Madam Wheels has been accused of being unfairly critical of Lamborghini in the past, with ride comfort in the stiff-suspension vehicles a top-line issue. But that all changed with the introduction of the Raging-Bull brand’s first high-riding off-roader, the spectacular Urus.
The “super” SUV seamlessly combines safety features, luxury, comfort and performance to a level which is unparalleled in the top-selling segment.
Now the former Italian tractor maker has gone one better in its legendary super sports car line, with the latest iteration of its popular Huracán, the EVO. In it, Lamborghini has finally delivered a car which we’d happily take as a daily drive because it’s not only comfortable and laden with useful tech, it’s also pretty on the eye and is thrillingly easy to drive – very, very quickly.
Madam Wheels joined VIP Lamborghini clients and a smattering of media at the fourth annual “Esperienza Dinamica Corsa” at the renowned Phillip Island Grand Prix Circuit, where the Huracán EVO was making its Australian track debut.
The new car, presented in a flaming orange hue, was showcased with eight other Lamborghinis collectively valued at $4.6 million.Among them was the Aventador S and a highly-specced Urus, the latter of which we also tested off-road.
I drove those models first, giving them a good thrashing around the 4.5km of meandering track, which includes some super high-speed sections, elevation variations, and a couple of corners that would see a car come off second-best if didn’t nail weight transfer.
None of that was a problem in the Evo which dispensed with the track in short shrift, proving itself to be as accessible as it was thrilling.
The thrill quotient got a further boost thanks to a unique and particularly enjoyable aspect of the Lamborghini “Dynamic Race Experience” – we were left to pilot the cars alone which, strangely, takes the pressure off. Other car marques generally insist on having an instructor ride shotgun in the passenger seat, taking control of the rear view mirror and delivering instructions on when to brake, how to hit the axes and when to turn up the gas again.
This can get stressful – not only because it feels like you’re being tested – because one always gets the sense that those working race drivers are seriously fearing for their lives. I get that, but it adds to the pressure on the job, making it hard to breathe and relax – two crucial factors for anyone pushing such a powerful car so far and so fast.
Instead, Lamborghini puts an instructor in the front car to lead by example and give guidance via two-way radio on how to fly through apexes marked with orange cones and pull back at brake points indicated with blue cones.
Track days like these provide a rare opportunity to legally test a car’s stated speed capabilities, which in the Evo’s case, was 0-100 km/h in 2.9 seconds and 0-200 km/h in 9.0 seconds. I had a good crack at it but, not having a stop watch handy, can’t faithfully report on the result. I also failed to hit the Evo’s claimed top speed of more than 325 km/h, though was pleased enough with the 265 km/h I did manage on the main straight.
I can also attest to the Evo’s stopping power, and that steering under heavy braking into the sharp right-hander coming off the straight was a snap. The car felt in complete control even in this rank amateur’s hands, and it floated through the rest of the course with understeer non-existent and incredibly exact turn-in in fast, sweeping corners.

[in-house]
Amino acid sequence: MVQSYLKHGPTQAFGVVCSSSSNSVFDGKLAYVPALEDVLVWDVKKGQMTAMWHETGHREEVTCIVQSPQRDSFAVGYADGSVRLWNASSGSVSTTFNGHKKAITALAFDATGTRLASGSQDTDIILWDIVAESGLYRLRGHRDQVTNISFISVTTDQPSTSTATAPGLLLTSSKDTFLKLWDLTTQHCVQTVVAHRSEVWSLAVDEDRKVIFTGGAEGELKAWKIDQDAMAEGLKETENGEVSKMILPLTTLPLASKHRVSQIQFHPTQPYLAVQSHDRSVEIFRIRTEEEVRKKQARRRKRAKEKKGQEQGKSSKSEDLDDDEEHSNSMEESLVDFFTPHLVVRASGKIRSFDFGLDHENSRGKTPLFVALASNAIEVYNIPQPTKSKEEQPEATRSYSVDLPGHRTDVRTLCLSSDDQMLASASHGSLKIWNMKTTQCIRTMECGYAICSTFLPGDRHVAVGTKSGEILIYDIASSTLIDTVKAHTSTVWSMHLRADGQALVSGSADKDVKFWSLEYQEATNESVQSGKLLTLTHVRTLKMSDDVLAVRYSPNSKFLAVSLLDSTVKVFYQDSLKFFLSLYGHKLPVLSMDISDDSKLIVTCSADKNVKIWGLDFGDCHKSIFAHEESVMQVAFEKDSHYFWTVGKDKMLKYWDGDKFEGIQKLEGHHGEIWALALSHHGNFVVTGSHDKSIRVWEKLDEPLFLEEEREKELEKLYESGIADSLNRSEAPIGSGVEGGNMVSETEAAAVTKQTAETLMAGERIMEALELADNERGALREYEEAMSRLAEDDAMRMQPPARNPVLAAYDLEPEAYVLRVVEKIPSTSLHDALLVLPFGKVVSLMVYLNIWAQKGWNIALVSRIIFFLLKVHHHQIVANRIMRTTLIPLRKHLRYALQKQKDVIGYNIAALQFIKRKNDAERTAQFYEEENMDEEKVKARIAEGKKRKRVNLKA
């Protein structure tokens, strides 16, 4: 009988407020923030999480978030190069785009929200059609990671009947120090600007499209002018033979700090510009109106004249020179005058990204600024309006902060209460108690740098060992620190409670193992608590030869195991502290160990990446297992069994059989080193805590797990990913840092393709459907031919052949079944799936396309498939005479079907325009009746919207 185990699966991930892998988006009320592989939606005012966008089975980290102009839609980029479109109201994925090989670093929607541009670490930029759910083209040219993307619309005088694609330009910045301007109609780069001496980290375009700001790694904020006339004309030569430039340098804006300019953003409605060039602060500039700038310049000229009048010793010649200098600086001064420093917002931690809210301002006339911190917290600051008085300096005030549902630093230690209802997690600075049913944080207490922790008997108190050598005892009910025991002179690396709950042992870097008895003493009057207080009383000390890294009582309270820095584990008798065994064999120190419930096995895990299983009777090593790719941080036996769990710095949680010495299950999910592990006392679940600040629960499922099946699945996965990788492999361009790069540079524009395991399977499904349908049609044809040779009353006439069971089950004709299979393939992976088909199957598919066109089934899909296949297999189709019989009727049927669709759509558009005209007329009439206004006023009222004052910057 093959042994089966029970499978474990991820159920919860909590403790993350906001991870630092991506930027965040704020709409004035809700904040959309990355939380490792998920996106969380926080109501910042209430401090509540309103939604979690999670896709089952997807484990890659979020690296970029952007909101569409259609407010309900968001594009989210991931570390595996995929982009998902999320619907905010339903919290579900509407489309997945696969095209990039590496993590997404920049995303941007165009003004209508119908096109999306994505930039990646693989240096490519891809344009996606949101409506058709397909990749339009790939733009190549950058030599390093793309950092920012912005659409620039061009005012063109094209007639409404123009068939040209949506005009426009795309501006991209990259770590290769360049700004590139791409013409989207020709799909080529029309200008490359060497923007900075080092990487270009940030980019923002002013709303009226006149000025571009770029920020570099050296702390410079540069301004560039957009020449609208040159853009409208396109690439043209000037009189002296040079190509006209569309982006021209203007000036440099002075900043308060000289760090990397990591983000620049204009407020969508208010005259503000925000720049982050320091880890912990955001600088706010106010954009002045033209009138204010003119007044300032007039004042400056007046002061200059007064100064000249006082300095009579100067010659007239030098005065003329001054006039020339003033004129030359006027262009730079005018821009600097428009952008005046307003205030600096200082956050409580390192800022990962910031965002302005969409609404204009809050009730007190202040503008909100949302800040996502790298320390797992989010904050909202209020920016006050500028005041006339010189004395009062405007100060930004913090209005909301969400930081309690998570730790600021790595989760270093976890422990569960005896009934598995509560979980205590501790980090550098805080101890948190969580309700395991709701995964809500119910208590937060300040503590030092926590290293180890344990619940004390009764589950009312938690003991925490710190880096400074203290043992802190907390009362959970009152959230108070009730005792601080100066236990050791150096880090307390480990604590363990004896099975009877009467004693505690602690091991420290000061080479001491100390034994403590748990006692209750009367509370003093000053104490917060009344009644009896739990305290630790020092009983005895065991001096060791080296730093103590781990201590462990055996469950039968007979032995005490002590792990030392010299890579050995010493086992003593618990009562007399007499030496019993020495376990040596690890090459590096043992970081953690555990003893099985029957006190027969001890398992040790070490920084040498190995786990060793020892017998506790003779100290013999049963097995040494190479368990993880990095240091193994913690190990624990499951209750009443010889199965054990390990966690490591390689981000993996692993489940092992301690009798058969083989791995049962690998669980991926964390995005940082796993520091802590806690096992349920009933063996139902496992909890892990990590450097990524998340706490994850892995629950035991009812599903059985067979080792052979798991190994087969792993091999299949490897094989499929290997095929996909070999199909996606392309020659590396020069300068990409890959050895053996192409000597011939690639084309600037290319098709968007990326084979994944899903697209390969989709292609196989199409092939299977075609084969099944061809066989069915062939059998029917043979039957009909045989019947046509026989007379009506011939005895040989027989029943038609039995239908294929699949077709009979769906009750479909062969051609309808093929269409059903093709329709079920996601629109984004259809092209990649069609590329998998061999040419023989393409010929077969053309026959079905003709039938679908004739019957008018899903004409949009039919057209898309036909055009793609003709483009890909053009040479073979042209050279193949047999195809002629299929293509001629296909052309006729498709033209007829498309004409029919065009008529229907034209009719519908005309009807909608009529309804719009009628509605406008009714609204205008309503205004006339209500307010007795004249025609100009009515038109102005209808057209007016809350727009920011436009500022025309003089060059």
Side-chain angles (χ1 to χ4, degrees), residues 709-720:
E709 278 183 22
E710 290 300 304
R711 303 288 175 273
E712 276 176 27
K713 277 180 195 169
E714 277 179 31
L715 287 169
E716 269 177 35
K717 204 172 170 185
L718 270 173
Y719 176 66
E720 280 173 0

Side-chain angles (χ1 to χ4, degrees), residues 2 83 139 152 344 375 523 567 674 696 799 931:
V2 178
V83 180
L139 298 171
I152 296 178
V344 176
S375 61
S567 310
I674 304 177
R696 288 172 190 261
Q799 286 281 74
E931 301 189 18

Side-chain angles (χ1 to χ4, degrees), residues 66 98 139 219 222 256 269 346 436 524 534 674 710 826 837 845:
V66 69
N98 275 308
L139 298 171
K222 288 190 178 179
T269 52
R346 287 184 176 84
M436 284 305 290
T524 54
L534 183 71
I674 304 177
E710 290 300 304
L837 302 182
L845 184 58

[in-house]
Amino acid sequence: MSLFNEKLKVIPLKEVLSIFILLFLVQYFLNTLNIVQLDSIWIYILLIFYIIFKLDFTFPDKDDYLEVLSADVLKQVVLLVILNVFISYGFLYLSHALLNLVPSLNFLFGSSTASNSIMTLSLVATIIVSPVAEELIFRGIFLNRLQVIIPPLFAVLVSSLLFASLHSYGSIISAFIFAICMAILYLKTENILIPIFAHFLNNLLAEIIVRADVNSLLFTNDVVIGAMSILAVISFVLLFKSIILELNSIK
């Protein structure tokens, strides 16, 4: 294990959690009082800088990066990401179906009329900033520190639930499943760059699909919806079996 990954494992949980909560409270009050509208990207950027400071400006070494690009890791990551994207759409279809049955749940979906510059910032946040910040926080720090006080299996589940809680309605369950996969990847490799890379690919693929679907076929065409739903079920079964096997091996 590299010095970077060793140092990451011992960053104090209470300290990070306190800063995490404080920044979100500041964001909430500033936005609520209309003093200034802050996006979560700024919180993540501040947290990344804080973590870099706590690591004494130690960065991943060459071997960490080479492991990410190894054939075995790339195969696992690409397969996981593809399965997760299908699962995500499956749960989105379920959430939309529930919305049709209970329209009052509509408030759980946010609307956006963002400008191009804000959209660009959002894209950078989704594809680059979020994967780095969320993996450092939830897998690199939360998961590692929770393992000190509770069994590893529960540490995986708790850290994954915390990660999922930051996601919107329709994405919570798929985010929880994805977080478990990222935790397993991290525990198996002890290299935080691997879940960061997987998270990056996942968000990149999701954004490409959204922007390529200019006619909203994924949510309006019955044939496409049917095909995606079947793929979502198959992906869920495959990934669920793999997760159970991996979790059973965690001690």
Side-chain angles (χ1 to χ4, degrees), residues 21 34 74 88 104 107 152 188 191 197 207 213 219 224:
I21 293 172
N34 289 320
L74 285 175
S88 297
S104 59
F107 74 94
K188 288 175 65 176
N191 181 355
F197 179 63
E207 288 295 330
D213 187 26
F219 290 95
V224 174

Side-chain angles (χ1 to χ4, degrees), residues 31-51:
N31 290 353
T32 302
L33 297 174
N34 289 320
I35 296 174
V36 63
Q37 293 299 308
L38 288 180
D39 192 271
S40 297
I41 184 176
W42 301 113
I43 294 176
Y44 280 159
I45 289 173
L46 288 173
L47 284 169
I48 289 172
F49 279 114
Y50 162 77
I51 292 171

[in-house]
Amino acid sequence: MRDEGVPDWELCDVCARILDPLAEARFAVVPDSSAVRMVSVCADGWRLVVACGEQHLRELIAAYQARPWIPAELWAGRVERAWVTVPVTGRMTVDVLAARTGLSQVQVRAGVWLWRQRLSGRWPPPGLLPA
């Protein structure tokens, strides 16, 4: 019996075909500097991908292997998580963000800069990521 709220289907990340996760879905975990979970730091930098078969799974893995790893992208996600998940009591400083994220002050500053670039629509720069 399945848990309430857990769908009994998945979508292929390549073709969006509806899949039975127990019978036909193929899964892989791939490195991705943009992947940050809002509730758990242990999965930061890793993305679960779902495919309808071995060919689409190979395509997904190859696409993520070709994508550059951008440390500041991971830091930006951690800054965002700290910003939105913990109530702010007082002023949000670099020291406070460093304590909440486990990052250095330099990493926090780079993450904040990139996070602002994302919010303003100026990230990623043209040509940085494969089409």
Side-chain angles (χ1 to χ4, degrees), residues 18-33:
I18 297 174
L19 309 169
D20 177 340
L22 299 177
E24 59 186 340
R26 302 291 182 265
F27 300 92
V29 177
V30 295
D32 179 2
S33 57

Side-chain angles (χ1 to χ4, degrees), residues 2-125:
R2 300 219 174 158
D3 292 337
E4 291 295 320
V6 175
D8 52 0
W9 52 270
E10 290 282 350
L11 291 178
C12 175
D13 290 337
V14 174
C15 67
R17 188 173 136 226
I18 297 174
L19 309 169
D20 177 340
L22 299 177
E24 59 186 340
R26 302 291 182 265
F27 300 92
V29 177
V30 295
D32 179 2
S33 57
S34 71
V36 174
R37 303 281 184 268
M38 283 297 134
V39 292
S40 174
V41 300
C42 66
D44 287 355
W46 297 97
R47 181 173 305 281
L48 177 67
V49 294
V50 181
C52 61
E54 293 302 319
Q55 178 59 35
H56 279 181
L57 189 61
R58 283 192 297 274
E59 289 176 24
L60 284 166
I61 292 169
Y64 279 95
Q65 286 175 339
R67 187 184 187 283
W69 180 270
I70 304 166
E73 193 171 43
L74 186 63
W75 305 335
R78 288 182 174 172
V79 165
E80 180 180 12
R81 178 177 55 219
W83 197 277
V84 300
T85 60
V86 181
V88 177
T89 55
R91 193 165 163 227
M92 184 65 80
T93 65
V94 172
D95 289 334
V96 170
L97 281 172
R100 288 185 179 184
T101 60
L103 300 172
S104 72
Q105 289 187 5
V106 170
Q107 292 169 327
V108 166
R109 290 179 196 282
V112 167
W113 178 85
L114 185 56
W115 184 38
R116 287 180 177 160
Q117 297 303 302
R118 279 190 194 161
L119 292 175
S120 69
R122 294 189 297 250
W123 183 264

This precision and ease of drive can perhaps be explained by the big point of difference in the Evo compared to the outgoing Huracán Performante on which it’s based – the car’s ability to anticipate what a driver is going to do almost before they’ve thought of doing it.Now, personally, I find that hard to get my head around, frankly, as it sounds more like alluring “marketing speak” than a possible measure of autonomous driving.
But the Evo has been gifted with a “brain” in the new Lamborghini Dinamica Veicolo Integrata (LDVI) – basically a central “super computer” which apparently adds that predictive element by pulling in everything the Evo’s chassis and powertrain has to offer.
Lamborghini says the predictive feature is made possible by the real-time monitoring of lateral, longitudinal and vertical loads, as well as body roll and pitch, all of which matters when you’re pushing a car to its limit. Lamborghini calls this “feed forward” depending on which of the three drive modes you’re in, from daily Strada, or Sport to race mode, Corsa.
Track side at Phillip Island, chief executive officer at Auto mobile Lamborghini Asia Pacific Matteo Ortenzi described this latest evolution of the popular Huracán as “a piece of art” devised on what customers – many of whom are increasingly women – had been asking for.
“We were able to bring the Performante power on to the normal car … then (to improve the drivability) we put a new brain in the car that’s anticipating the needs of the driver,” Ortenzi says.
The Evo’s broader appeal is expected to help boost future Lamborghini sales which, in the first half of this year, had already surpassed the company’s full-year sales of 2017.With growth driven by the new Lamborghini Urus, 4553 cars were delivered to global customers to June 30, which is a 96 per cent increase on the same six months of last year.
Ortenzi says the introduction of the Evo – which Madam Wheel can rate as a point-and-shoot weapon with sex appeal and attitude to boot – will put Lamborghini on track to selling close to 7500 cars globally this calendar year. That’s not a bad result compared to the 1300 cars it shifted in 2010.